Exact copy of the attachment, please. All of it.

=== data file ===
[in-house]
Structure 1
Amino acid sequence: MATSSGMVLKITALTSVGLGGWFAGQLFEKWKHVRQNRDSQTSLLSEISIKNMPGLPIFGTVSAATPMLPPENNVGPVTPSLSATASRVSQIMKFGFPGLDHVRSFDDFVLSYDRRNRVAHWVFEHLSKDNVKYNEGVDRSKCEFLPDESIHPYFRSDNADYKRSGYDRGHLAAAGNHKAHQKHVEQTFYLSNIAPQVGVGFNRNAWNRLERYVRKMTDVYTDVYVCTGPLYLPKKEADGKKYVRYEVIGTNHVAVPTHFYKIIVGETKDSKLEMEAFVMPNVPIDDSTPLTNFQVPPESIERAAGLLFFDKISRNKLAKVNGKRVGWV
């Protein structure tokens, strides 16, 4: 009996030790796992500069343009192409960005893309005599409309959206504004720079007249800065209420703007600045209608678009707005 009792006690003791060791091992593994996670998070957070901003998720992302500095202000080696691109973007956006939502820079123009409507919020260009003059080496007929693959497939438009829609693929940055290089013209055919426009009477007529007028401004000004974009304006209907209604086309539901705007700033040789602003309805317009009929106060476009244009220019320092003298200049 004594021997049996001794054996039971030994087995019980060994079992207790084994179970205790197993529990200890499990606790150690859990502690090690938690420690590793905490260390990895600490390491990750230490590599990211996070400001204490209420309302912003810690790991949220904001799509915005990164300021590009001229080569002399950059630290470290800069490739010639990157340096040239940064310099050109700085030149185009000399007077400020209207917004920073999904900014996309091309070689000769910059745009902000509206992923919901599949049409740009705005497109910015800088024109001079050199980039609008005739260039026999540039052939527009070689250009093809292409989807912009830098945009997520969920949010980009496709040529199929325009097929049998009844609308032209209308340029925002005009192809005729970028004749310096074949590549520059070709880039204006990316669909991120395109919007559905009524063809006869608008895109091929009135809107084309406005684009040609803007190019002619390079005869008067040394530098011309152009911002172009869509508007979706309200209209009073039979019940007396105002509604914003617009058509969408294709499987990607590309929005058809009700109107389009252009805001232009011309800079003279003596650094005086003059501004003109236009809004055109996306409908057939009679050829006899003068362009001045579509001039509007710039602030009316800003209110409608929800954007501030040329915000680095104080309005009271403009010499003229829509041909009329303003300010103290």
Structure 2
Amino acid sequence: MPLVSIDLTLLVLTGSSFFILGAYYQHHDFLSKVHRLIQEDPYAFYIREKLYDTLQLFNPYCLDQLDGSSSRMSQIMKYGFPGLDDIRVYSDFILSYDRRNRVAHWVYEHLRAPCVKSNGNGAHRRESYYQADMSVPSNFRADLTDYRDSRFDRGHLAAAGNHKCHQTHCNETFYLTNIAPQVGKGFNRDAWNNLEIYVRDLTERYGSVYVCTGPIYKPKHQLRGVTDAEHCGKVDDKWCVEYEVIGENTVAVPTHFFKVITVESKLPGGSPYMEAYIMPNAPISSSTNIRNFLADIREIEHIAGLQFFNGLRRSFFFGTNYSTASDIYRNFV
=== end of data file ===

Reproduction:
[in-house]
Structure 1
Amino acid sequence: MATSSGMVLKITALTSVGLGGWFAGQLFEKWKHVRQNRDSQTSLLSEISIKNMPGLPIFGTVSAATPMLPPENNVGPVTPSLSATASRVSQIMKFGFPGLDHVRSFDDFVLSYDRRNRVAHWVFEHLSKDNVKYNEGVDRSKCEFLPDESIHPYFRSDNADYKRSGYDRGHLAAAGNHKAHQKHVEQTFYLSNIAPQVGVGFNRNAWNRLERYVRKMTDVYTDVYVCTGPLYLPKKEADGKKYVRYEVIGTNHVAVPTHFYKIIVGETKDSKLEMEAFVMPNVPIDDSTPLTNFQVPPESIERAAGLLFFDKISRNKLAKVNGKRVGWV
């Protein structure tokens, strides 16, 4: 009996030790796992500069343009192409960005893309005599409309959206504004720079007249800065209420703007600045209608678009707005 009792006690003791060791091992593994996670998070957070901003998720992302500095202000080696691109973007956006939502820079123009409507919020260009003059080496007929693959497939438009829609693929940055290089013209055919426009009477007529007028401004000004974009304006209907209604086309539901705007700033040789602003309805317009009929106060476009244009220019320092003298200049 004594021997049996001794054996039971030994087995019980060994079992207790084994179970205790197993529990200890499990606790150690859990502690090690938690420690590793905490260390990895600490390491990750230490590599990211996070400001204490209420309302912003810690790991949220904001799509915005990164300021590009001229080569002399950059630290470290800069490739010639990157340096040239940064310099050109700085030149185009000399007077400020209207917004920073999904900014996309091309070689000769910059745009902000509206992923919901599949049409740009705005497109910015800088024109001079050199980039609008005739260039026999540039052939527009070689250009093809292409989807912009830098945009997520969920949010980009496709040529199929325009097929049998009844609308032209209308340029925002005009192809005729970028004749310096074949590549520059070709880039204006990316669909991120395109919007559905009524063809006869608008895109091929009135809107084309406005684009040609803007190019002619390079005869008067040394530098011309152009911002172009869509508007979706309200209209009073039979019940007396105002509604914003617009058509969408294709499987990607590309929005058809009700109107389009252009805001232009011309800079003279003596650094005086003059501004003109236009809004055109996306409908057939009679050829006899003068362009001045579509001039509007710039602030009316800003209110409608929800954007501030040329915000680095104080309005009271403009010499003229829509041909009329303003300010103290």
Structure 2
Amino acid sequence: MPLVSIDLTLLVLTGSSFFILGAYYQHHDFLSKVHRLIQEDPYAFYIREKLYDTLQLFNPYCLDQLDGSSSRMSQIMKYGFPGLDDIRVYSDFILSYDRRNRVAHWVYEHLRAPCVKSNGNGAHRRESYYQADMSVPSNFRADLTDYRDSRFDRGHLAAAGNHKCHQTHCNETFYLTNIAPQVGKGFNRDAWNNLEIYVRDLTERYGSVYVCTGPIYKPKHQLRGVTDAEHCGKVDDKWCVEYEVIGENTVAVPTHFFKVITVESKLPGGSPYMEAYIMPNAPISSSTNIRNFLADIREIEHIAGLQFFNGLRRSFFFGTNYSTASDIYRNFV